BRADENTON, Fla. -- Over the past few years, the Pirates have become well regarded throughout baseball for their ability to help turn pitchers' careers around. During that time, Daniel Bard sank from a lights-out setup man to a pitcher who could barely find the strike zone.It seems fitting, then, that
BRADENTON, Fla. -- Over the past few years, the Pirates have become well regarded throughout baseball for their ability to help turn pitchers' careers around. During that time, Daniel Bard sank from a lights-out setup man to a pitcher who could barely find the strike zone.
It seems fitting, then, that the two sides found each other this offseason. Bard agreed last week to a Minor League deal as he attempts to get his career back on track. The 30-year-old right-hander has thrown only one inning in the Majors since 2012, held back by surgery following thoracic outlet syndrome and plagued by control problems ever since.
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"I think it's just a matter of time," Bard said Monday, receiving black-and-gold workout clothes in the Pirate City clubhouse as he spoke. "I haven't been ready to give it up. I've felt myself continue to get better -- not always as fast as I'd like, but I've seen progress the last year. Just glad to have an opportunity here."
At his best, Bard was a dominant reliever with the Red Sox. From 2009-11, he posted a 2.88 ERA and struck out 9.7 batters per nine innings.
But Bard is far removed from those days. His struggles began when the Red Sox tried to turn him into a starter in 2012, a decision that led him back to the Minors for most of the season. His last professional outing came with the Rangers' Class A Hickory affiliate in 2014, when he hit seven batters, walked nine and was charged with 13 runs while recording only two outs over four appearances.
Bard signed a Minor League deal with the Cubs last year but didn't pitch in a game. Asked to summarize the past several years of his career, Bard answered with one word: "Challenging."
Bard had been working out near his home in Madison, Miss., when a friend in the Pirates' front office -- T.J. Large, also a former Red Sox prospect -- reached out to him and asked if he was looking for a job.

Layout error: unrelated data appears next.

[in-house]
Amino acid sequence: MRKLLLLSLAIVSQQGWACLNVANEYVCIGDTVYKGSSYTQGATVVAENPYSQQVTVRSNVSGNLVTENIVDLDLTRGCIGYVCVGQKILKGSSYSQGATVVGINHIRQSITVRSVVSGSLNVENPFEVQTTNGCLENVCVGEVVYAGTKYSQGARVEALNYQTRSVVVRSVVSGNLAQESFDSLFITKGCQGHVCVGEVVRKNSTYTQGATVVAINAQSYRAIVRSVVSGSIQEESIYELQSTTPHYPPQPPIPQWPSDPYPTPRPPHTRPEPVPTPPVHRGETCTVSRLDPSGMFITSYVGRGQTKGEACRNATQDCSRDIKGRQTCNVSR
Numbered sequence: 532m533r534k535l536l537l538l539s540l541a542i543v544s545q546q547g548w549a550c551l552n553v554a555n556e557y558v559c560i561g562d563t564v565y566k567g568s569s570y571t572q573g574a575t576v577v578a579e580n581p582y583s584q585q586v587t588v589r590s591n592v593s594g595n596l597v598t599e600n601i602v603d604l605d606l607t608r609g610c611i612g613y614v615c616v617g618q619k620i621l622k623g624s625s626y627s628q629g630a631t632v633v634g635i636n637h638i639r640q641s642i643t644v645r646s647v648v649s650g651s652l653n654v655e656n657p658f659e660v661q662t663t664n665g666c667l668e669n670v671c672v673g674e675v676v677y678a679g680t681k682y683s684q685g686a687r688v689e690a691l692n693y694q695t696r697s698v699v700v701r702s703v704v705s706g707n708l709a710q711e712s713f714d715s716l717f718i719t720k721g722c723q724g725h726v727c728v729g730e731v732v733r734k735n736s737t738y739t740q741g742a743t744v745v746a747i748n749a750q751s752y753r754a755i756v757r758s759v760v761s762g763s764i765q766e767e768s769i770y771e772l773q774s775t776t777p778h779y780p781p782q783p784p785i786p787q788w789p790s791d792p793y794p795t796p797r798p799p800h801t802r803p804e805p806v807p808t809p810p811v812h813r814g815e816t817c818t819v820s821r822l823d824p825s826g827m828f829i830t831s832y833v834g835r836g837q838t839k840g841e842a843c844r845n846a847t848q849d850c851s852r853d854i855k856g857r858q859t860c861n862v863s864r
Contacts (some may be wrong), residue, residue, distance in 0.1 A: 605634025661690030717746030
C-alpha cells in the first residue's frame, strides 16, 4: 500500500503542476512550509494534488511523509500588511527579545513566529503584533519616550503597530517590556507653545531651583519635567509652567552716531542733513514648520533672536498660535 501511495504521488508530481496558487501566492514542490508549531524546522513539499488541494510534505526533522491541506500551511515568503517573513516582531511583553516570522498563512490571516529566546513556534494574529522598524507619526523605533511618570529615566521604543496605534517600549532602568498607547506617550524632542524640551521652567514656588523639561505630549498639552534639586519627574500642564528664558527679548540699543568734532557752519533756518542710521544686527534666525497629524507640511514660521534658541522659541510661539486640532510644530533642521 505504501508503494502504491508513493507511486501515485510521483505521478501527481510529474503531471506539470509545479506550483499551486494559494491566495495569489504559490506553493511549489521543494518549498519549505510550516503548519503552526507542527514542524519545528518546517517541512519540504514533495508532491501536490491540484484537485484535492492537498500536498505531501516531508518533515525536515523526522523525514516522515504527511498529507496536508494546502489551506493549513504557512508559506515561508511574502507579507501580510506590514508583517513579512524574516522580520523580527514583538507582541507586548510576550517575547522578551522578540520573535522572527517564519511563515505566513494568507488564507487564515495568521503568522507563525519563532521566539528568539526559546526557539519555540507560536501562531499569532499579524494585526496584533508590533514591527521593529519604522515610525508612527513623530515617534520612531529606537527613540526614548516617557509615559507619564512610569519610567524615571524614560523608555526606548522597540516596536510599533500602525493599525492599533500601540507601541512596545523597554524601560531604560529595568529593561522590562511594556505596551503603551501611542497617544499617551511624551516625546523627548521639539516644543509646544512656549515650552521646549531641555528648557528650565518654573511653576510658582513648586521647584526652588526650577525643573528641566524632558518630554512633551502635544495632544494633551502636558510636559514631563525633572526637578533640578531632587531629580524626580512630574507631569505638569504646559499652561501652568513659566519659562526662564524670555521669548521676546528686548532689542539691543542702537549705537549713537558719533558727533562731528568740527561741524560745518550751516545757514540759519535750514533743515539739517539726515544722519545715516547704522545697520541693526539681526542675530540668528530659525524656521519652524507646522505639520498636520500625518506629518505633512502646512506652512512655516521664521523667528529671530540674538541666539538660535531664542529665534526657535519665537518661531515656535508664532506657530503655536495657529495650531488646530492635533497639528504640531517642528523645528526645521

"It was a pretty easy decision," Bard said.
That was true, in part, because Bard has seen former Red Sox teammates Joel Hanrahan and Mark Melancon thrive in Pittsburgh's bullpen. He's also seen a number of pitchers regain their form, if not improve upon their career-best performances, under the tutelage of pitching coach Ray Searage and the Pirates staff.
Fortunately for Bard, the Pirates seem to specialize in fixing control problems. They helped several high-profile starters find the zone, from Edinson Volquez and Francisco Liriano to A.J. Burnett and J.A. Happ, and their work extends to the bullpen, as well.
Last season, the Pirates took a shot on flame-throwing right-hander Arquimedes Caminero, who had walked 4.5 batters per nine innings in his Minor League career, and they turned him into a solid middle reliever in his first full season in the Majors.
The Pirates have taken calculated risks this offseason on other pitchers with previous control problems -- Juan Nicasio, Neftali Feliz and Trey Haley, to name a few -- and expressed a belief that they can get them back on track.
Bard might present the toughest challenge yet for Searage and the Pirates staff. But the Pirates evidently believe enough in him to bring him into their organization, and he hasn't given up on the game yet.
"Obviously, they've done a good job with guys in similar shoes to me, rebounding their careers a little bit," Bard said. "You've just seen it time and time again: Guys come here, they seem to help out the Pirates a lot, and the Pirates seem to help them out a lot."
Adam Berry is a reporter for MLB.com. Follow him on Twitter at @adamdberry.